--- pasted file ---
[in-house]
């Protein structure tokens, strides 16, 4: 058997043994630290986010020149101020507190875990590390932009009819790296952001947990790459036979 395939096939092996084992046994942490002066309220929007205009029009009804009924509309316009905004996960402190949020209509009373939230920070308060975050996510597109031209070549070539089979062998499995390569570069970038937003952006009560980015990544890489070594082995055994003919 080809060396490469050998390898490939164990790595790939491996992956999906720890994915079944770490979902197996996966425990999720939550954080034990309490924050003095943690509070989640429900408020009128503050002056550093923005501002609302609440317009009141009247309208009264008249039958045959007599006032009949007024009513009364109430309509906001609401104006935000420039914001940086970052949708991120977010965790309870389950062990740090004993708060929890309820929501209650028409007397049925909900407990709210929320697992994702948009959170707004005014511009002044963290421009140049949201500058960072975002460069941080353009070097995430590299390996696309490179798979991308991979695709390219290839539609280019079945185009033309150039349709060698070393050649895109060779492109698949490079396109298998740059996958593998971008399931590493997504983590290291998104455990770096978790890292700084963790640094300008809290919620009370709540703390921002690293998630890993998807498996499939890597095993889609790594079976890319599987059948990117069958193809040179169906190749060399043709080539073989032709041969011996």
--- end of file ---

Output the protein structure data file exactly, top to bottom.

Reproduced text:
[in-house]
């Protein structure tokens, strides 16, 4: 058997043994630290986010020149101020507190875990590390932009009819790296952001947990790459036979 395939096939092996084992046994942490002066309220929007205009029009009804009924509309316009905004996960402190949020209509009373939230920070308060975050996510597109031209070549070539089979062998499995390569570069970038937003952006009560980015990544890489070594082995055994003919 080809060396490469050998390898490939164990790595790939491996992956999906720890994915079944770490979902197996996966425990999720939550954080034990309490924050003095943690509070989640429900408020009128503050002056550093923005501002609302609440317009009141009247309208009264008249039958045959007599006032009949007024009513009364109430309509906001609401104006935000420039914001940086970052949708991120977010965790309870389950062990740090004993708060929890309820929501209650028409007397049925909900407990709210929320697992994702948009959170707004005014511009002044963290421009140049949201500058960072975002460069941080353009070097995430590299390996696309490179798979991308991979695709390219290839539609280019079945185009033309150039349709060698070393050649895109060779492109698949490079396109298998740059996958593998971008399931590493997504983590290291998104455990770096978790890292700084963790640094300008809290919620009370709540703390921002690293998630890993998807498996499939890597095993889609790594079976890319599987059948990117069958193809040179169906190749060399043709080539073989032709041969011996």